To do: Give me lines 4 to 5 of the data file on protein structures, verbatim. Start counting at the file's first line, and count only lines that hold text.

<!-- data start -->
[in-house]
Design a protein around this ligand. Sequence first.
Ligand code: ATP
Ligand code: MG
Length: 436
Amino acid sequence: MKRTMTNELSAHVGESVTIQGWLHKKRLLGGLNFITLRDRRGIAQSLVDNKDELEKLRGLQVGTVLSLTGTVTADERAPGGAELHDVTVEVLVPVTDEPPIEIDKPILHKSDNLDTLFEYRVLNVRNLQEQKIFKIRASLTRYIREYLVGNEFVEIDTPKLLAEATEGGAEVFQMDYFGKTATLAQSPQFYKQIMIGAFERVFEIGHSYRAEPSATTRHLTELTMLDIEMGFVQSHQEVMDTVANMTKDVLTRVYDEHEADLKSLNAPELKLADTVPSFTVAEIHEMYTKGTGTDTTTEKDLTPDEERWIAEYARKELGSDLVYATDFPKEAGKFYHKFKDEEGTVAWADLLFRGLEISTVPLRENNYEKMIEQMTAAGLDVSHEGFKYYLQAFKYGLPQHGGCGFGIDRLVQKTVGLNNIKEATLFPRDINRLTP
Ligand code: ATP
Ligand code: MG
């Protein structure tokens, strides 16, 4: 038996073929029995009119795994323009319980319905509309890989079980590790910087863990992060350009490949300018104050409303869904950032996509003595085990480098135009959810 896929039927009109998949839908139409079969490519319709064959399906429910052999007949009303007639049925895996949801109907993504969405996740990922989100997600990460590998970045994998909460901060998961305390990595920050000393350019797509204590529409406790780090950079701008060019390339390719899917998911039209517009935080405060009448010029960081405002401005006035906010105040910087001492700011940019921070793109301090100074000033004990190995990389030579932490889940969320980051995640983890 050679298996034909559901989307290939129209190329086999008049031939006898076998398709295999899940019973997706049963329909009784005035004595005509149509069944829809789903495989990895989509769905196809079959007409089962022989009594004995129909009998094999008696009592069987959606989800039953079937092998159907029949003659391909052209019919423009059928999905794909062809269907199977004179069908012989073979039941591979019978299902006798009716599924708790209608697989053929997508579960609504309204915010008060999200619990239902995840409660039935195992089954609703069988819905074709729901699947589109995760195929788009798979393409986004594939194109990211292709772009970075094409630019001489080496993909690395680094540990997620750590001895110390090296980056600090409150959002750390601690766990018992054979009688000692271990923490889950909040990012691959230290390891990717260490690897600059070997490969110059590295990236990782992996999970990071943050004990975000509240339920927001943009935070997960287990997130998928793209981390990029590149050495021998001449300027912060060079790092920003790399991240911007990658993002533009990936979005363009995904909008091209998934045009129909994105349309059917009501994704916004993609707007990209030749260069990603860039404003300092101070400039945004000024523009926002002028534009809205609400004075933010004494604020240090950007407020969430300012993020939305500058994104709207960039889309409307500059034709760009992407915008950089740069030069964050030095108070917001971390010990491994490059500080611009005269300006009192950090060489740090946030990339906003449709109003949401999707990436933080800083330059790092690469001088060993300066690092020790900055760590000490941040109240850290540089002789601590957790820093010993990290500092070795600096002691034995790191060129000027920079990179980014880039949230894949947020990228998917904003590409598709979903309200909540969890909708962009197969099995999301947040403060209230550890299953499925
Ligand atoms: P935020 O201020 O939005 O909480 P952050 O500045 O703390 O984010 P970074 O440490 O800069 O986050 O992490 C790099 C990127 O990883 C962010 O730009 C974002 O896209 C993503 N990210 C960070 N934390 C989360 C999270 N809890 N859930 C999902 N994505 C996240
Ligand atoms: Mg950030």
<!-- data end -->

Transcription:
Ligand code: MG
Length: 436